Rishi Sunak has a 'blind trust' – what is it and should you get one too?

Sam Benstead
·3-min read
Rishi Sunak - Jonathan Brady/PA
Rishi Sunak - Jonathan Brady/PA

Chancellor the Exchequer Rishi Sunak registered a "blind trust" in July 2019 after he became Chief Secretary to the Treasury under then-chancellor Sajid Javid.

Blind trusts are supposed to reduce conflicts of interests for politicians  – but what exactly are they, and do they work?

What is a blind trust?

A blind trust puts someone’s assets under the complete control of a third party. This means Mr Sunak 's investment portfolio is manged by someone else and he does not receive any information on trades that are made or how it is performing. 

Who runs them?

It depends who is selected as the trustee. It could be a financial adviser, or a trusted friend or relative. 

Why does he have one?

Blind trusts allow ministers to relinquish control and knowledge of their financial interests which in theory prevents conflicts of interests.

Ministers are obliged to release information about their investments and relationships which may have an impact on their job in government but using a blind trust is a way to avoid disclosing exact asset details.

Mr Sunak is the first chancellor to use one since 2009 when ministers were first required to make their financial interests public. 

Theresa May set up a blind trust in 2007 to manage a stock portfolio worth an estimated £145,000.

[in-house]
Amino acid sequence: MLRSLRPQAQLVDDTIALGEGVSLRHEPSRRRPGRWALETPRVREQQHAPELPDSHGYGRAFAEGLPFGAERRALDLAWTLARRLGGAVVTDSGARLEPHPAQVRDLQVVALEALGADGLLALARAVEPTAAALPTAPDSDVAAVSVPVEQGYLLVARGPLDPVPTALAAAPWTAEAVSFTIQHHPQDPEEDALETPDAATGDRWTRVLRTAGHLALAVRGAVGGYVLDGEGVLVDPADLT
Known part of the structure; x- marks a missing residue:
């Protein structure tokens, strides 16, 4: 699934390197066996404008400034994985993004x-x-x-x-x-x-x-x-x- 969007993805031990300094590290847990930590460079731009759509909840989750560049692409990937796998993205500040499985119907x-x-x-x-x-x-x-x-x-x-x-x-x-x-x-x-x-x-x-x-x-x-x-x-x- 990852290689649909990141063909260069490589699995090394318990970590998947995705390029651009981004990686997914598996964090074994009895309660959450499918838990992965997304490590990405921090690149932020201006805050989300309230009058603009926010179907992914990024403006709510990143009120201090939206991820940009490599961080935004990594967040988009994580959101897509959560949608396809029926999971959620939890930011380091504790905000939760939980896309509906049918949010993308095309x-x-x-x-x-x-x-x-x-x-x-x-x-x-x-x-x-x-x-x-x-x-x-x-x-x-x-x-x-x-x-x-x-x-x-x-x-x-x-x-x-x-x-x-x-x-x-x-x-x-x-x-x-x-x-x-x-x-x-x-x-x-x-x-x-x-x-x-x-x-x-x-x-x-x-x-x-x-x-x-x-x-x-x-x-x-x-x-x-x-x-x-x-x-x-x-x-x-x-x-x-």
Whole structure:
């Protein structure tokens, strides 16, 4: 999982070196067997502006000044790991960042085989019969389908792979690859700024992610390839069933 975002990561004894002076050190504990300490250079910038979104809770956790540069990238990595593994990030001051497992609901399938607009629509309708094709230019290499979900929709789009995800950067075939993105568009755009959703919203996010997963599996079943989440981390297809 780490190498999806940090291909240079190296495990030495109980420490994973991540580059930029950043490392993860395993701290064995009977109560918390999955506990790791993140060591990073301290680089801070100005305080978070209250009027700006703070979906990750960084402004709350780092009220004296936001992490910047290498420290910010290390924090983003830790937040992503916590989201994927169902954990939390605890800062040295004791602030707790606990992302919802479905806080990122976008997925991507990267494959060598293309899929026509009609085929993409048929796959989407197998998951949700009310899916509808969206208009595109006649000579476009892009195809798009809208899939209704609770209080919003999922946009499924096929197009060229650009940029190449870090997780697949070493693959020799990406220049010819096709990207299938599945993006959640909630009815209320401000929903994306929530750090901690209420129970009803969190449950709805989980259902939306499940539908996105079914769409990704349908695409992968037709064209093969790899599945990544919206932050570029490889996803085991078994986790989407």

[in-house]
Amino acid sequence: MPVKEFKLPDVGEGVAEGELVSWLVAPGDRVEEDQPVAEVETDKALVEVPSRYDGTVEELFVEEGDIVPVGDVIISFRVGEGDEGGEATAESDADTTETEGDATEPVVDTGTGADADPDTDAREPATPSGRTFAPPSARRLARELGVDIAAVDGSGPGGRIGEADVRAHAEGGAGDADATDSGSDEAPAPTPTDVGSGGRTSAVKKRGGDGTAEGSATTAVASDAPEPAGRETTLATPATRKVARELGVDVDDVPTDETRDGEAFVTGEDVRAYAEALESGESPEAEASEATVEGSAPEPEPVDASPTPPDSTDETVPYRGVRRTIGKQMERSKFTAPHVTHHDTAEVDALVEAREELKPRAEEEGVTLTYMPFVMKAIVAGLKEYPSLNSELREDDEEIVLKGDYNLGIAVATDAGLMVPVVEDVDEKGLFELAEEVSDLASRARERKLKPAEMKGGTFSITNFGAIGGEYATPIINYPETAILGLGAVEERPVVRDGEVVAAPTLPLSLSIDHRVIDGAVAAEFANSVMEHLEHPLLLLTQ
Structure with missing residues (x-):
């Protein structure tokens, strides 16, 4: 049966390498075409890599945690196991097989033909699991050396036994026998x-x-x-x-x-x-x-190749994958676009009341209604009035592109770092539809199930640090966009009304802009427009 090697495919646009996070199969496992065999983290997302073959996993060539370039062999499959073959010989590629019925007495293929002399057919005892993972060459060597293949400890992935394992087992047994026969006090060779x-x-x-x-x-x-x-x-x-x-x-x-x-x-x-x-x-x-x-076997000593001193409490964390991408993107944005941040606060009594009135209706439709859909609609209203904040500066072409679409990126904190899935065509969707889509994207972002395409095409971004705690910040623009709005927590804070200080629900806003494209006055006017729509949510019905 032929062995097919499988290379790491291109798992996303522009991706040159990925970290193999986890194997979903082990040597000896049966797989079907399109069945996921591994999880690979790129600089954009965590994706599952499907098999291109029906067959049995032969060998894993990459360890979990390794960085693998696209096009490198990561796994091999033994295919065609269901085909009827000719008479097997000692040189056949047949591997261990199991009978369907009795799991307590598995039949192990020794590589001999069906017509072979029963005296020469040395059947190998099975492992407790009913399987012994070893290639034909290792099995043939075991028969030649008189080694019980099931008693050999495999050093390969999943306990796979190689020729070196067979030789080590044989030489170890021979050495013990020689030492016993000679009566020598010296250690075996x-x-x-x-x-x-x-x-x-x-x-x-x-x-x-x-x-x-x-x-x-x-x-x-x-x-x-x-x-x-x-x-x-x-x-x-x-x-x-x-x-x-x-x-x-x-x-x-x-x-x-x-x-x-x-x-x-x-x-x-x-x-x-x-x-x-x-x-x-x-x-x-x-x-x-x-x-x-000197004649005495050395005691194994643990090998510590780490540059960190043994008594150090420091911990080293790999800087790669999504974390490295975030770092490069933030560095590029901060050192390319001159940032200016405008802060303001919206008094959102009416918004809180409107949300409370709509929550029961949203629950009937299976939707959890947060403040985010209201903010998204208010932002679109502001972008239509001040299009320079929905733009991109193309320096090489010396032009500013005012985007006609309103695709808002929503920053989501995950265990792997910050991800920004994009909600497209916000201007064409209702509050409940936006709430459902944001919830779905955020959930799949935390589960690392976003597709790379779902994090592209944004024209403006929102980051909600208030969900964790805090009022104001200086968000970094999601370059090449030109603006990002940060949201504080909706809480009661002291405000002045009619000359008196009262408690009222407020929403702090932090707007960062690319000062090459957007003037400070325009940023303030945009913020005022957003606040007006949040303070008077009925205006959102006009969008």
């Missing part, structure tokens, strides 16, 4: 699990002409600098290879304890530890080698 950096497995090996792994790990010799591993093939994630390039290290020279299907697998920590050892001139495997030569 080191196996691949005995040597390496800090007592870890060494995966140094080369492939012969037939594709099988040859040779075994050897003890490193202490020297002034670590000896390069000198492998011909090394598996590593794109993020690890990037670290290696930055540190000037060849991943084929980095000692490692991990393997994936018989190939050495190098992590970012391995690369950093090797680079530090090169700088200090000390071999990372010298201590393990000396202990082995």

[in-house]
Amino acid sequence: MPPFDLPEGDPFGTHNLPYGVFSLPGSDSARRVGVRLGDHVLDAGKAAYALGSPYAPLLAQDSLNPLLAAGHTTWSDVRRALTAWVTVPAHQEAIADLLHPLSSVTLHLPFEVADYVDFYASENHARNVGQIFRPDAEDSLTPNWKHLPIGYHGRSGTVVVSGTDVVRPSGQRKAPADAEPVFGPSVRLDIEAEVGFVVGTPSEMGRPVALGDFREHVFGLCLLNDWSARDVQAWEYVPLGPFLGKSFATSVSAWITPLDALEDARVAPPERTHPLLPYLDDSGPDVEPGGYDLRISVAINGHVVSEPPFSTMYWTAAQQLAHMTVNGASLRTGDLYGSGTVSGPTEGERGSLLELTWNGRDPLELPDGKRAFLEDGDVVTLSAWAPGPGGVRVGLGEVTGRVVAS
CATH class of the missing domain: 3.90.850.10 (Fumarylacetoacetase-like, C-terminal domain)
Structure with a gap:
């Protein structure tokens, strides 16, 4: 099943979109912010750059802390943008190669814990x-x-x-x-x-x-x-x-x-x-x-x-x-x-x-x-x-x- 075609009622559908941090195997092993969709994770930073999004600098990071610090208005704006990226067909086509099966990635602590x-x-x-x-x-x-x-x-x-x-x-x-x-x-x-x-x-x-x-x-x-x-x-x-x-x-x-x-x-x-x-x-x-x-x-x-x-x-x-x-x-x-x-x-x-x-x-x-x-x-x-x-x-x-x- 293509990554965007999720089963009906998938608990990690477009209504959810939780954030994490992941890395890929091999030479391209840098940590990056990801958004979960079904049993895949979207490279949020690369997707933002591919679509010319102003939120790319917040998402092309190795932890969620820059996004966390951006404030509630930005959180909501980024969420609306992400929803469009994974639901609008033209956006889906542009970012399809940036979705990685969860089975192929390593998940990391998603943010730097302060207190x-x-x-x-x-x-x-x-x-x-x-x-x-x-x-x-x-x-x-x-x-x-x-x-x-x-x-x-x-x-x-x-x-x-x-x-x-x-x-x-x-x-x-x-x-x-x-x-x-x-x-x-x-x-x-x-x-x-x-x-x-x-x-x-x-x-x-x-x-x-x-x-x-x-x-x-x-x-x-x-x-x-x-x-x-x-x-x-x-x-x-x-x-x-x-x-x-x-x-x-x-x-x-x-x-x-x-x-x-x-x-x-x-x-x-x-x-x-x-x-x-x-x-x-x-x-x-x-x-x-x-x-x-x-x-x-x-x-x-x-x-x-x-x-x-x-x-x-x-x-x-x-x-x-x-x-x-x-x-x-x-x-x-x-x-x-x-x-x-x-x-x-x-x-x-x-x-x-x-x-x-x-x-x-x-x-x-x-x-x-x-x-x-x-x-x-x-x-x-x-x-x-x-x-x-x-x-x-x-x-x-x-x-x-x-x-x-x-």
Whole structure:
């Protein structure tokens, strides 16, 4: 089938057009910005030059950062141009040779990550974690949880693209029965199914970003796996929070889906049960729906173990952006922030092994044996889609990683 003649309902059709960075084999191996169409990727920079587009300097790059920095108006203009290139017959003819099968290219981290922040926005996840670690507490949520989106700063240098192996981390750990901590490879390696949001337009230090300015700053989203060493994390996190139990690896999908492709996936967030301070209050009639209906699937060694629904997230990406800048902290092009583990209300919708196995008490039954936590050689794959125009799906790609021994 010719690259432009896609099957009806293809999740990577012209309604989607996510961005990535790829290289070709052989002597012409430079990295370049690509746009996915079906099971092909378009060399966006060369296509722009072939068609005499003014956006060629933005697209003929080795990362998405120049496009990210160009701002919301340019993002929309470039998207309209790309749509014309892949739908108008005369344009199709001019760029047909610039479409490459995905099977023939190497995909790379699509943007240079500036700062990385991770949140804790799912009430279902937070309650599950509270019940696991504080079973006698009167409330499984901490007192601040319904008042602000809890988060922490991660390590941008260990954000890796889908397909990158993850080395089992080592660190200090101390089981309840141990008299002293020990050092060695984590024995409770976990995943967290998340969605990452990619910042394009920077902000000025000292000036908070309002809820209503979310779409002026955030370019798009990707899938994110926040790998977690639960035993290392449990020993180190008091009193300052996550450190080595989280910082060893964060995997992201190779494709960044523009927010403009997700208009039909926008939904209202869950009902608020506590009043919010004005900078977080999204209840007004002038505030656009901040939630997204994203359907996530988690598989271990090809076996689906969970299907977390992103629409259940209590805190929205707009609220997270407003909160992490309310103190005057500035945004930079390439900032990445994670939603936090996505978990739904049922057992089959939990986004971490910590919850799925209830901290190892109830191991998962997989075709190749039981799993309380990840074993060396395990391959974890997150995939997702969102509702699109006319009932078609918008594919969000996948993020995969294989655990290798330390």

David Cameron, her predecessor as Prime Minister, never had a blind trust when he was at Number 10. He sold all his shares in June 2010, instead.

A Treasury spokesman said: “Blind trusts are longstanding mechanisms for protecting ministers in the handling of their interests. They ensure ministers are not involved in any decisions on the management, acquisition or disposal of items in the arrangement.

"Politicians of all stripes have used blind trusts to ensure they avoid any conflict of interest, including the last Labour Government. The Cabinet Office has set out what are judged to be the relevant interests in the regular list of ministerial interests.”

Do they work?

A blind trust does prevent the owner from knowing how their investment portfolio is managed. This means in theory that they do not make policy decisions which could benefit the companies whose shares they own.

However, Spotlight on Corruption, a transparency campaigner, noted that the trustor, who sets up the trust, knows what goes inside it when it is created. This means that the younger the trust, the more they know about its contents.

Who else has them in government?

There are seven sitting government ministers with blind trust arrangements, according  to Spotlight on Corruption. This includes Mr Sunak and Justice Secretary Robert Buckland, the only other cabinet minister on the list.

Can I set up a blind trust?

Establishing a blind trust involves signing away the control the assets to a third party. It is recommended that lawyers advise on granting a third party power of attorney over a trust's assets. The trustee, who takes control of the assets on someone's behalf, can seek advise from professional investment managers.